The End of the Music Blog?

This week, along with “5”, Glorious Noise also celebrated its 10th anniversary…and announced it was going on hiatus. GloNowhich once carried my byline on a Raconteurs album reviewis our favorite music blog. A misnomer perhaps, since, truth be told, it’s the only music blog we read on a regular basis. Yeah, we take the occasional peek at EarFarm, Spinner, Stereogum, and the dreaded Pitchfork, of course, to take the pulse of the hipsterati, but GloNo was a daily pit stop and frequent source of both fun (all the spirited exchanges with fellow, knowledgeable music geeks) and irritation (exemplified by the unchecked hyperbole in calling The White Stripes “The Last Great Band” when announcing the duo’s dissolution) that we will miss.

In his quasi eulogy for GloNo, contributor Todd Totale bemoans on his own blog, Glam-Racket, how the music blogosphere is quickly becoming a place for those who want a quick fix and no longer the province of music geeks and their opinions. And how that culture may have led to GloNo’s hiatus.

[W]e are living among a younger generation of interweb controllers. Those who couldn’t be bored with the endless parade of no-it-alls who talk about music. ‘Just put up a link, for christsakes, and let me judge for myself.’ They’re immune to the clutter. They view the internet as something they must tame upon each login. To get to the goal is their task—like an endless version of Super Mario Brothers, they click, close and minimize until they get the advance of the new Decemberists album.”

Totale’s post got us thinking about a topic that’s been very much on our minds lately.

It used to be that once you reached a certain age whatever current popular music was of the time didn't make sense to you, and you moved on and/or found solace in the music of your own youth. And that, was that.

But a funny thing—which, if we're not mistaken, has been referred to as "the acceleration of the culture"—happened along the way to the 21st century: much of the music of our youth has become timeless (or just plain ubiquitous, take your pick), sometimes regardless of musical merit, simply by being embraced by those who, in many cases weren't even born when these tunes were originally released. For example, it would seem that Abbey Road was more of a cool relic to a 15 yr old in 1989 than, say, Nevermind is to a 15 yr old today. In other words, the latter album could be more of an everyday record to the current teenager, than to his 1989 counterpart vis-a-vis Abbey Road. We're not suggesting that Nevermind is what today's teenagers are listening to, but trying to illustrate a point: that it seems less foreign to them. In other words, it's not that strange to encounter the possibility of a teenager and his 60 yr old grandpa both having Led Zeppelin on their respective iPods, right? Yet, what were the chances of us Gen-Xers and our gramps having overlapping albums in our record collections 20-25 years ago? Slim, at best.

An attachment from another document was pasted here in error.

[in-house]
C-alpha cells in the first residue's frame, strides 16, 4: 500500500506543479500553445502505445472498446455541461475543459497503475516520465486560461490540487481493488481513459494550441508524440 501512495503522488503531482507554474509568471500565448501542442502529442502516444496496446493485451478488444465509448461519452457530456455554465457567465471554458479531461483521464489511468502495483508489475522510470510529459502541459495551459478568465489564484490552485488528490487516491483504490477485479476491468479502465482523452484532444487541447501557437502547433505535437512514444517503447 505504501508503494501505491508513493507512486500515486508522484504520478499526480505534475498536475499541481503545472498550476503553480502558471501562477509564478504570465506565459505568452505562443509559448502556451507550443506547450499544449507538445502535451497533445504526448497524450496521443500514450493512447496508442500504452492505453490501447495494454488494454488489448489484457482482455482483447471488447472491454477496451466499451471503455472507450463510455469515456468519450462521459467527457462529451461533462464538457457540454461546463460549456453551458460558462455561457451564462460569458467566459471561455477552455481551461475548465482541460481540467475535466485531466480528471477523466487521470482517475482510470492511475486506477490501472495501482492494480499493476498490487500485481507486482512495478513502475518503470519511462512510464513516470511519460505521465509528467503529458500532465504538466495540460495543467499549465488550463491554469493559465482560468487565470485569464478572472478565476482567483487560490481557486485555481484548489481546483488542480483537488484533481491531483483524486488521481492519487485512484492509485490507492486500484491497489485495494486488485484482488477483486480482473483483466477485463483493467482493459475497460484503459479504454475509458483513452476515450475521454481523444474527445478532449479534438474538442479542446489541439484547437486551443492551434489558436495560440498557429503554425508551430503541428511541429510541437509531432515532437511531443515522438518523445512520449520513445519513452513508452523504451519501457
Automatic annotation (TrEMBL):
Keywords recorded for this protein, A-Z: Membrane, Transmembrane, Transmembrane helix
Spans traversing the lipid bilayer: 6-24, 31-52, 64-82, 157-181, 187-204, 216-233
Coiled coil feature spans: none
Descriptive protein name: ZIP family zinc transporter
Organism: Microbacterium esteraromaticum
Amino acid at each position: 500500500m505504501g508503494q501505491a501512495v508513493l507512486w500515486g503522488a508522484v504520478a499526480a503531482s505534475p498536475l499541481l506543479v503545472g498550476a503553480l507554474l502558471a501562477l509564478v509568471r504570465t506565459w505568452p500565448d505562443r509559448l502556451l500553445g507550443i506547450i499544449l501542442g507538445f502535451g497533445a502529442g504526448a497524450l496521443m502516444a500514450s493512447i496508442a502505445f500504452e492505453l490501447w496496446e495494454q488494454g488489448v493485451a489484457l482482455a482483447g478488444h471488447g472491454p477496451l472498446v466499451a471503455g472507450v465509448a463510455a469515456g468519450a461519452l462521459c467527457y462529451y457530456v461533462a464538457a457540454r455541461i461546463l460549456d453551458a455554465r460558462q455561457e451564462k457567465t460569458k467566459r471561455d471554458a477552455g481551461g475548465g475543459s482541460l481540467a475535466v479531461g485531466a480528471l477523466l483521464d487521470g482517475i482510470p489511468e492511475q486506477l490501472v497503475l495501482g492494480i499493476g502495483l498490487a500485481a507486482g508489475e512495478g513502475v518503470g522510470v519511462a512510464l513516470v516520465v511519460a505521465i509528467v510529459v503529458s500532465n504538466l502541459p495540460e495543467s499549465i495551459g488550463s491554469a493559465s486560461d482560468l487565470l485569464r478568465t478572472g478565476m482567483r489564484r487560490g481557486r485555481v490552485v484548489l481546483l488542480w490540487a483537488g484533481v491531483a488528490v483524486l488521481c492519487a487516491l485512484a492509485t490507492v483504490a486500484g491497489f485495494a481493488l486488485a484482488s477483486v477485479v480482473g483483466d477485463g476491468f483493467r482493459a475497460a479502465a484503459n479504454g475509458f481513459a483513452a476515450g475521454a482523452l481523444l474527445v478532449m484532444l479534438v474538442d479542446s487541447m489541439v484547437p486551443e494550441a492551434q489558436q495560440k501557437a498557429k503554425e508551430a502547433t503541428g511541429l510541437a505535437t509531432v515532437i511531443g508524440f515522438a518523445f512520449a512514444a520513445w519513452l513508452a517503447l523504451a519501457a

Which leads us to the following: those of us past the age of 35 still feel we have the right to opine on pop music as if we're still part of the conversation/experience. Why? Because we're immersed in a culture that puts a premium on youth, that tells us we don't need to curtail our extended adolescence or stop wearing Chuck Taylors as we hit the big-40. (60 is the new 40, haven't you heard?) And so, we oblige.

But soon enough we start comparing current music—and movies, etc—to that of our youth and feel the new thing just doesn't live up to the level of our old standard bearers. But instead of stepping aside, like every previous generation did, we step forward. Which is when the offended young'uns casually and cruelly remind us that—at least as the pop music game is concerned—we are in fact, old. And quite possibly irrelevant, as well.

Are they right? I conveniently don't have the answer to that question, but their finger-pointing does lead to the obvious: it's not music made for us and we shouldn't care. But accepting that would render us out of touch. Or worse: our parents. Good grief! heh, heh

Like the music biz itself, everything in its periphery is in a transitional phase and music blogs are not immune to the changing tide. Which means they are, in addition to the lack of interest in actual content, suffering from the same glut of competition and over-saturation—regardless of quality—as are music artists posting on the web; all victims of the absence of gatekeepers. Anyone can post anything at any time. Hey, go ahead, do your thing. But who weeds out the wheat from the chaff?

To quote Mr. Rose, where do we go now? Where do we go?